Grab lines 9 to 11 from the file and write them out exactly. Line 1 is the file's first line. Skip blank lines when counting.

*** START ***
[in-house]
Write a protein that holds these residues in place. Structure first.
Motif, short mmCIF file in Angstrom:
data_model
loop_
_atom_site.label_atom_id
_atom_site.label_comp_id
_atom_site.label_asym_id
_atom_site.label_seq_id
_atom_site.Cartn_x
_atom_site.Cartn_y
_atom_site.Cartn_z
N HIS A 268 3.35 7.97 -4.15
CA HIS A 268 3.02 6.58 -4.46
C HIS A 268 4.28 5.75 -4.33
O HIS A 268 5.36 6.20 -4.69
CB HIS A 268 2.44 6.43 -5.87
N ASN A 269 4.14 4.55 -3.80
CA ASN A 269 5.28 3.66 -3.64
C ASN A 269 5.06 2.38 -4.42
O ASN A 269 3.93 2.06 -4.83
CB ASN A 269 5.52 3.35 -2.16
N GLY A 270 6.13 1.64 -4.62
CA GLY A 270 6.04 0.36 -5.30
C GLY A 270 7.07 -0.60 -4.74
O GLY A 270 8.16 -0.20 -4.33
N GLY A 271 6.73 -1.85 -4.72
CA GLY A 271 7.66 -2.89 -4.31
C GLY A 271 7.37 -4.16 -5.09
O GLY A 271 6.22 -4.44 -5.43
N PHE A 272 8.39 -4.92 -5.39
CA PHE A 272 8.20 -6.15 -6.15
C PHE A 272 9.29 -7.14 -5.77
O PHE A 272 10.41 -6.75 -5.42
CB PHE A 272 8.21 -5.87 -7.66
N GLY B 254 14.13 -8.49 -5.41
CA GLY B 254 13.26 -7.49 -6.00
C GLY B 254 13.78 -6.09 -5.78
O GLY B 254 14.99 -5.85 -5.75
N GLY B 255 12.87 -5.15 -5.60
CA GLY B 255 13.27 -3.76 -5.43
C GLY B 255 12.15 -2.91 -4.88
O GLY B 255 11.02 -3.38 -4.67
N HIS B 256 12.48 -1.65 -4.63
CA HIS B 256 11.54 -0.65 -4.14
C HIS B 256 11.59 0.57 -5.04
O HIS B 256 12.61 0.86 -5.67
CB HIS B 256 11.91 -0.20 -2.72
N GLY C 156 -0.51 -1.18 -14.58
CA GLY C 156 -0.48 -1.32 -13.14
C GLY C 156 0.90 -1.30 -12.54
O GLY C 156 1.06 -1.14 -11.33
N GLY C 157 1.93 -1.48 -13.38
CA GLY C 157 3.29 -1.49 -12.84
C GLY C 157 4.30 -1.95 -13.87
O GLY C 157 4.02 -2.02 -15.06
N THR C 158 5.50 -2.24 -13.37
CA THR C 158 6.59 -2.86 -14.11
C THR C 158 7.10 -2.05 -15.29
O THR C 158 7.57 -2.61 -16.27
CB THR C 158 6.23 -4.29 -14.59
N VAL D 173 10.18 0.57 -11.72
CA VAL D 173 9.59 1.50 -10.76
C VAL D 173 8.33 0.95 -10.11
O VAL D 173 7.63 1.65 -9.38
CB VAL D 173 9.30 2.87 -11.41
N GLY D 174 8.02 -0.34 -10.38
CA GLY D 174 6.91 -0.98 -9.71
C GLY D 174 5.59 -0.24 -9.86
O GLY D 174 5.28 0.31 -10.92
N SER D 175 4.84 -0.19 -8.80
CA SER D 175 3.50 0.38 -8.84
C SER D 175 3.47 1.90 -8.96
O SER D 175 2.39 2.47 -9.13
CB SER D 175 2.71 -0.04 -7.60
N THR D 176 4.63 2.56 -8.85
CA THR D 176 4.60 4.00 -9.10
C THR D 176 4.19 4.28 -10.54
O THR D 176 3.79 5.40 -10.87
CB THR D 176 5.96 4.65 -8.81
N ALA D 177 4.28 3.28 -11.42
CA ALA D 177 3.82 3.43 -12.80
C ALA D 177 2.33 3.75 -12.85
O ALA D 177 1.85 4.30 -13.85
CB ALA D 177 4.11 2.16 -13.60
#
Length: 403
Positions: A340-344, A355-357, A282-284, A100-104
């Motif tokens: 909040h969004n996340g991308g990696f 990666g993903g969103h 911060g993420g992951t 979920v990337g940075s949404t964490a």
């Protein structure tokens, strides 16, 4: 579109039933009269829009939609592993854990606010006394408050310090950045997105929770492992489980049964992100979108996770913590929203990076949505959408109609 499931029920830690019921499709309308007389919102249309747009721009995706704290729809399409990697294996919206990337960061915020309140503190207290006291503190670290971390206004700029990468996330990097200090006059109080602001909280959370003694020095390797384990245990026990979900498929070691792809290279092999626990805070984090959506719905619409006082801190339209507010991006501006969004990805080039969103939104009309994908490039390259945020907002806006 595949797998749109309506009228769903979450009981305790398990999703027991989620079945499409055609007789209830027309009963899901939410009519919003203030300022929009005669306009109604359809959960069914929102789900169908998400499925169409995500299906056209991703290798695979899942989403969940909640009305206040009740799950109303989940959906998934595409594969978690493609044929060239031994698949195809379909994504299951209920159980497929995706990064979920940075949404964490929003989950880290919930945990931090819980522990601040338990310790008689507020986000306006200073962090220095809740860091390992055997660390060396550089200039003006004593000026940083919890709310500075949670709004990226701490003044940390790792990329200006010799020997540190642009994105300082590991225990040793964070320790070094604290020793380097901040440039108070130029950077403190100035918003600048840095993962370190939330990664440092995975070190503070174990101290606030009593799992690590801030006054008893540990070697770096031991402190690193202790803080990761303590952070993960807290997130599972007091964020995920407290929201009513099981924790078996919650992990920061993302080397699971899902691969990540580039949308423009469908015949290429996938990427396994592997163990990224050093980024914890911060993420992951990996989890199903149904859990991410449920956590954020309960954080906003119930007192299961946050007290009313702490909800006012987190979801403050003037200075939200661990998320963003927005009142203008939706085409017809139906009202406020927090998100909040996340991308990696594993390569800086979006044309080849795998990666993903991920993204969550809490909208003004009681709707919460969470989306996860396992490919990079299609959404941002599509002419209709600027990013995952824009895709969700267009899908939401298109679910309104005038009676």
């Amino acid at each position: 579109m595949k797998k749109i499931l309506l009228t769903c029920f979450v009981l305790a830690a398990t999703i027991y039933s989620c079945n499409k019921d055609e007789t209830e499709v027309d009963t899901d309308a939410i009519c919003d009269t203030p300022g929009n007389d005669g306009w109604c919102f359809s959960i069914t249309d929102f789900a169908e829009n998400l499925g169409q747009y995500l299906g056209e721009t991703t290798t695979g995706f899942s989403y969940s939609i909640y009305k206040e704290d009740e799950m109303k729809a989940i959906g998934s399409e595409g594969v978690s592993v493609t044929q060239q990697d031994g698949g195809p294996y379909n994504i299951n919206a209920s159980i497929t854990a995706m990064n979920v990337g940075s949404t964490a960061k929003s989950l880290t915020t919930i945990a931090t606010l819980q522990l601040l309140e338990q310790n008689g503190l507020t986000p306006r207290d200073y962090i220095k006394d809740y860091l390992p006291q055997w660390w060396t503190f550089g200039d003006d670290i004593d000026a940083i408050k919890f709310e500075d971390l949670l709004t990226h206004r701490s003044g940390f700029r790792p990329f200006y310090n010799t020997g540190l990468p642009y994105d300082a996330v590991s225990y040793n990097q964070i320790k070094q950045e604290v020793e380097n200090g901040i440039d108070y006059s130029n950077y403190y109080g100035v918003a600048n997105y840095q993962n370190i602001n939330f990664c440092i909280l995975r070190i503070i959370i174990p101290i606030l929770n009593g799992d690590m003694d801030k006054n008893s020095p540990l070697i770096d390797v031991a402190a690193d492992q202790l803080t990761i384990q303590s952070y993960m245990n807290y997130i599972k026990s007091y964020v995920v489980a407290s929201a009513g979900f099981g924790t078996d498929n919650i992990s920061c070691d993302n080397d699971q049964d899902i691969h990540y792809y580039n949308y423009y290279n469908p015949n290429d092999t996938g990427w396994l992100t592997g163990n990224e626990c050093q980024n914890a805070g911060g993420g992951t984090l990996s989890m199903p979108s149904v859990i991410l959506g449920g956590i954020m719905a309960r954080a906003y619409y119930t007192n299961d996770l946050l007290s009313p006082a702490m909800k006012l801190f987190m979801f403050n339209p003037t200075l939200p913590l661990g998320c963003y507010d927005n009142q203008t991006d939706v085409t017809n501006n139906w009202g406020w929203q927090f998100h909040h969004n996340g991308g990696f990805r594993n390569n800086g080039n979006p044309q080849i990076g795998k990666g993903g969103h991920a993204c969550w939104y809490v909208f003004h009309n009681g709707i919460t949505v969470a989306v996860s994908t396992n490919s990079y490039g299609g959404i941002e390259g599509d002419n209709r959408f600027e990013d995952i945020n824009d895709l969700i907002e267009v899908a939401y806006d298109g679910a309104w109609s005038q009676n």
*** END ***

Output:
_atom_site.label_seq_id
_atom_site.Cartn_x
_atom_site.Cartn_y